Bruce McCormack’s TFT Lectures (5): Evaluation

How to evaluate McCormack’s novel account of kenosis? I want to make two comments. The first is that I think it is at least potentially defensible when judged according to the canons of classical (Reformed) orthodoxy. I do not think there is any major doctrinal decision that it offends against, although on one point I was left with the feeling that more work was needed to establish the defence. The second comment is that I was not convinced by Bruce’s account of the pressure towards a revision of doctrine in this area. Very simply, I think his account of kenosis can be held, but it need not be: it remains open, in my view, to hold to the classical formulations of Christology without the need to revise them, and, personally, this would be my preferred position....

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Bruce McCormack’s TFT Lectures (4)

A note on the nature of these posts: I am not typing up notes of the lectures (I tend to take none, other than a few scribbled phrases intended to aid in the formulation of a question or comment at the end of the presentation). Instead, I am working from my memory of them, and my reflections following them. My intention has not been to give an exhaustive account of the arguments deployed, so much as to make clear what I took to be the main thread of argument running through the presentations, and my evaluation of it. In turning to Bruce’s final lecture, I am going to depart completely from the structure of the lecture as it was given, which was split into three (unequal) sections: reflections on the proper exegesis of Phil. 2:5-11; an outline of the constructive...

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Bruce McCormack’s TFT lectures (3)

The third lecture, ‘Immutable in Passibility: The Contribution of Karl Barth,’ traced the origins of Barth’s Christology in Dorner and Herrmann. Jason has suggested in a comment on the second of this series that this was the best of the lectures; I would not disagree. It happens it was also the one I chaired. There is a danger with any great theologian that s/he becomes detached from historical context. St Thomas is studied as if Peter Lombard had never written, and Albert the Great had never responded; works on Calvin represent him as springing from nowhere, ignoring half a generation of Reformation debate that is crucial to understanding what he was about; all of us who teach, I fear, have painted the caricature of Barth that has him repudiating all he learnt...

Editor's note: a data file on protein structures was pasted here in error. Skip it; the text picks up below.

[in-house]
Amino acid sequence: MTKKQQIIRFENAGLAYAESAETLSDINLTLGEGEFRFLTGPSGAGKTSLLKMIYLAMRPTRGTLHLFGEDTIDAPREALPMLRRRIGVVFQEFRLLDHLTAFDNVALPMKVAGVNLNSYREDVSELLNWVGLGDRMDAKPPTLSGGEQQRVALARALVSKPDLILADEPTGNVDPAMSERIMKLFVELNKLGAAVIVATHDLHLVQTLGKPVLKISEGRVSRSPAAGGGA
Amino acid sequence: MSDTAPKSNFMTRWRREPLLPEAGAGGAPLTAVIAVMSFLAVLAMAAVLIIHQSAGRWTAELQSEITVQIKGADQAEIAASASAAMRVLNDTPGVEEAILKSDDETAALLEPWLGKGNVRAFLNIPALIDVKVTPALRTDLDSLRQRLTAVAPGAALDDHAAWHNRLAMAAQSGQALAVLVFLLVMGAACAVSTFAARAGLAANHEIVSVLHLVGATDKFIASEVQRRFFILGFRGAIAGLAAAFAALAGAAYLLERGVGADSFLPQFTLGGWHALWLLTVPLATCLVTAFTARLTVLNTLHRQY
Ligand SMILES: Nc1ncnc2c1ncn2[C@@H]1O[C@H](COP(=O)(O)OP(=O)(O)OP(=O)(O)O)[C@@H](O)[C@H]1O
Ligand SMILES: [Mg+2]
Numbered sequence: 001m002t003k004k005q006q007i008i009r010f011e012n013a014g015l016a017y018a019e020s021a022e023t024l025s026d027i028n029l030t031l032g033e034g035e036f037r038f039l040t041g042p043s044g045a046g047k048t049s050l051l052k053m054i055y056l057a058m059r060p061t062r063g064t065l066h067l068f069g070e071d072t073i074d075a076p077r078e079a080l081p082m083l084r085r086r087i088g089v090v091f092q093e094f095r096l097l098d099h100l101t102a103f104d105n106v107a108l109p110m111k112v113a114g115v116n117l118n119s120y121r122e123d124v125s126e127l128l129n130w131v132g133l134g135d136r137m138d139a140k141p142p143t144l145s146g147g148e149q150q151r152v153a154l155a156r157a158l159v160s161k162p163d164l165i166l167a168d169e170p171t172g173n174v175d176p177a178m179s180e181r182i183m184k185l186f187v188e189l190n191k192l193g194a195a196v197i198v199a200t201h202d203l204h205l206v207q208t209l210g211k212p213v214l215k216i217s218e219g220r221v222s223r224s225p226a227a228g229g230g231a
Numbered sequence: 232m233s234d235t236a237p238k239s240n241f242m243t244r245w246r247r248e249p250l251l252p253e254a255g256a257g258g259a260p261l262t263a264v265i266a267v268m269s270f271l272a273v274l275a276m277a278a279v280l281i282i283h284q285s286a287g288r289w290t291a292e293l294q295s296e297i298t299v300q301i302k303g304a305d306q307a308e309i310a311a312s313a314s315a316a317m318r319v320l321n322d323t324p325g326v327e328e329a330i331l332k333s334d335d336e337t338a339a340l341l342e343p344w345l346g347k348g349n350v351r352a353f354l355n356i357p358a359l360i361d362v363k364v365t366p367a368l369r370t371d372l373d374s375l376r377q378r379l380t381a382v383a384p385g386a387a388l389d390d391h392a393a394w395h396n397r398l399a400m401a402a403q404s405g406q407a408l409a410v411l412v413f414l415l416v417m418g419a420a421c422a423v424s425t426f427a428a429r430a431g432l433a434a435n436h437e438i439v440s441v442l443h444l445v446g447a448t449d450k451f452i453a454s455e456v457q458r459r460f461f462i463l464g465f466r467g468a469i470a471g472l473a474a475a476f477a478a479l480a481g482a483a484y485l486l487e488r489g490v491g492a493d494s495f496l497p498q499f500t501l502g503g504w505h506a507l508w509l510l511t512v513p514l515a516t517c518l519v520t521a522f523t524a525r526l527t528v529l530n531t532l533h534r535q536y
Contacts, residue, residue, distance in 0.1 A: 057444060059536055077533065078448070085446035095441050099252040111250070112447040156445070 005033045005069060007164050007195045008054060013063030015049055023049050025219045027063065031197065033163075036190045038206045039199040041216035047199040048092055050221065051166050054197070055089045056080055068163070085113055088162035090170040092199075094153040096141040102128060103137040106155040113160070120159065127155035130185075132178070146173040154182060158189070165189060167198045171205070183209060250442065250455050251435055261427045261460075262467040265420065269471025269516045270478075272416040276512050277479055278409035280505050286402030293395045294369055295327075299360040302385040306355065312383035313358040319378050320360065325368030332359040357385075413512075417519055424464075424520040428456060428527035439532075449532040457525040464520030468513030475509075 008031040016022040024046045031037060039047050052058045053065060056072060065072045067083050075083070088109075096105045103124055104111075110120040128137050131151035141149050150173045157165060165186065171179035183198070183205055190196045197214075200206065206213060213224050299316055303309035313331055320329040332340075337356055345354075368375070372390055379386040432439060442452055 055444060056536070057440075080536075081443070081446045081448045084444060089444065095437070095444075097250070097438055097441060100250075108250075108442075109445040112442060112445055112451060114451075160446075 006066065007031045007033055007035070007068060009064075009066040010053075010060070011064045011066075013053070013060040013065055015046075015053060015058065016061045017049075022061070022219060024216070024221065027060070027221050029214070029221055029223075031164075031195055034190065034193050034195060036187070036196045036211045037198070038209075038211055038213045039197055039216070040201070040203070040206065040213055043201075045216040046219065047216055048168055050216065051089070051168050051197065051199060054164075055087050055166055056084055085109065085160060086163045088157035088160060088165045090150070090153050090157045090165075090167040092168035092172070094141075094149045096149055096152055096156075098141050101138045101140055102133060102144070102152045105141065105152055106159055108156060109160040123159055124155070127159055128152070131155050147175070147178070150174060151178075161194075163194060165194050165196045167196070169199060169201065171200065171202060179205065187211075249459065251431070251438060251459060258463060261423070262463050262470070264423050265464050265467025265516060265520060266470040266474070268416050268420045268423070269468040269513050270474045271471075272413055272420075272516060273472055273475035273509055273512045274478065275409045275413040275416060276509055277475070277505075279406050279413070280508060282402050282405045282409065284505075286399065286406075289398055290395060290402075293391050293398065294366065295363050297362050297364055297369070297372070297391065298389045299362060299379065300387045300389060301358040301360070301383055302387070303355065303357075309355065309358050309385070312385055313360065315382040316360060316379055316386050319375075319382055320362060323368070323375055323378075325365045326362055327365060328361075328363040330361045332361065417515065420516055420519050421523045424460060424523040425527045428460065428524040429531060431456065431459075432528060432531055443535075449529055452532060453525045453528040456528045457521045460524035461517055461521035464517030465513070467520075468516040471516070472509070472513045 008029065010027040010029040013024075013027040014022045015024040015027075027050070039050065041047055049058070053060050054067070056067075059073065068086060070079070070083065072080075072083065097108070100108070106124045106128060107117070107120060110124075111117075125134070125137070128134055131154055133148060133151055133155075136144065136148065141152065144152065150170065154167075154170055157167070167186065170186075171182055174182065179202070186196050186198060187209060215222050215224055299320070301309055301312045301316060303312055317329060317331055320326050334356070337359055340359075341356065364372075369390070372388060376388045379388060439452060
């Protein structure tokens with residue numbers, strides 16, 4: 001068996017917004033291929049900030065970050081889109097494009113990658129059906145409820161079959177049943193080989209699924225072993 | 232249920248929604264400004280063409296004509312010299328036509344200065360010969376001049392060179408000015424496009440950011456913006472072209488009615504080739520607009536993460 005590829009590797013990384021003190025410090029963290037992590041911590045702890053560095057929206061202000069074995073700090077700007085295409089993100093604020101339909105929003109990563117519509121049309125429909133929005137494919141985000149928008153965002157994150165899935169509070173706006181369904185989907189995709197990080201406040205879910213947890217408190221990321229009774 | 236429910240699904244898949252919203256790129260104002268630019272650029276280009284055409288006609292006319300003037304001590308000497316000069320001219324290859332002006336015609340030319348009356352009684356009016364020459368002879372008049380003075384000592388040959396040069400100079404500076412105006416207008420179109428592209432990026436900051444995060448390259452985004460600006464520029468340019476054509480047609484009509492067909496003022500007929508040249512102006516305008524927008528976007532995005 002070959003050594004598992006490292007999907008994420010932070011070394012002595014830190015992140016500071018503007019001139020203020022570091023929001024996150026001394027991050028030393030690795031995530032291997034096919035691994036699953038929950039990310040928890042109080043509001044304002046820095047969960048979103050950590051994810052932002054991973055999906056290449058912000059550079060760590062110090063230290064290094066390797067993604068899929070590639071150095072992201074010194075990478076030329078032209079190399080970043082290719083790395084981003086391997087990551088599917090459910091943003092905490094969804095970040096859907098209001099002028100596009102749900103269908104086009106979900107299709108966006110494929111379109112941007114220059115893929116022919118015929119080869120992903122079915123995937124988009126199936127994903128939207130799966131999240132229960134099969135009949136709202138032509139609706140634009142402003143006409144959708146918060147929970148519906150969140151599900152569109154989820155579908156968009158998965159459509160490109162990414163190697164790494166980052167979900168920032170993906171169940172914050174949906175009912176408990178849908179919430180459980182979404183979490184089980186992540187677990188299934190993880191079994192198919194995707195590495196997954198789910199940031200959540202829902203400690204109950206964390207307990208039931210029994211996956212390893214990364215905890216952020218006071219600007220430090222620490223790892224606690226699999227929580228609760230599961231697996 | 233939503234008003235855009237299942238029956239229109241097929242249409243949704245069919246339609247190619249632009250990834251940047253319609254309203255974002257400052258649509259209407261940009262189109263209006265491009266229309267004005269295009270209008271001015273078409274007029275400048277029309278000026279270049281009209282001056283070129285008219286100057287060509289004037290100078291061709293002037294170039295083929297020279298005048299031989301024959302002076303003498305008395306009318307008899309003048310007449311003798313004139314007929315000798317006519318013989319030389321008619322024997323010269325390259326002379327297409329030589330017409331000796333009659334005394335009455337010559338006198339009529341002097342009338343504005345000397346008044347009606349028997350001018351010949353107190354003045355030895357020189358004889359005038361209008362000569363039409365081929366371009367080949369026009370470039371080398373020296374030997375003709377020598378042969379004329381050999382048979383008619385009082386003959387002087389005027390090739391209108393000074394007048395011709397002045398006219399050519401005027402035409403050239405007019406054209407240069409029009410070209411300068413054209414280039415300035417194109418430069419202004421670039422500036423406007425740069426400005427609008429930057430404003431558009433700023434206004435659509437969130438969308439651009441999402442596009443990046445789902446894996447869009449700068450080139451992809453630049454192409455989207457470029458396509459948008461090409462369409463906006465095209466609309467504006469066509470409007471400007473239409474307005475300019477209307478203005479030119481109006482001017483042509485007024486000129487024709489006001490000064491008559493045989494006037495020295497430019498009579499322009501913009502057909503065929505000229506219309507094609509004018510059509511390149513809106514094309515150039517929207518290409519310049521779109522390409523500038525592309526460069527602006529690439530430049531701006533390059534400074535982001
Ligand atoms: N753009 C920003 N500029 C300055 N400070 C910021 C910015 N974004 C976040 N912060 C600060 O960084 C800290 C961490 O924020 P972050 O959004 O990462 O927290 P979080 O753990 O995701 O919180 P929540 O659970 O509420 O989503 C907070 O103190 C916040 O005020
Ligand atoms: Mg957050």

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Bruce McCormack’s TFT lectures (2)

Bruce McCormack’s second lecture, ‘Passibility in Mutability: The Failure of the Older Kenoticism,’ focused on the nineteenth-century kenotic Christologies of Thomasius and Gess, and on Dorner’s critique. The British kenoticists (Forsyth and Mackintosh), and Baillie’s objections, were there, but the treatment was slightly more cursory, I think because Bruce thinks that Herrmann’s critique of metaphysics should have been found decisive, and so no-one should have developed a kenotic Christology after it. ‘Kenotic Christology,’ for those who don’t know, takes its cue from the Christ-hymn in Philippians 2, which affirms that Christ ‘emptied himself’ (heauton ekenosen, hence ‘kenosis’ and ‘kenotic’). A kenotic...

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Bruce McCormack’s TFT lectures (1)

Bruce McCormack’s TF Torrance lectures went under the title ‘The Humility of the Eternal Son: A Reformed Version of Kenotic Christology’. They represent the maturity of a project Bruce announced in an IJST article (‘Karl Barth’s Christology as a Resource for a Reformed Version of Kenoticism’ IJST 8 (2006), pp. 243-51), and has developed in my hearing in papers given in a conference on Hebrews in St Andrews (to be published next year in McDonald, Driver, Bauckham, & Hart (eds), The Epistle to the Hebrews and Christian Theology (Eerdmans)), and at the 2007 Rutherford House Dogmatics Conference. No doubt the theme has also been worked on in public elsewhere. I published the IJST article, and questioned Bruce after the two earlier presentations. It was clear from...

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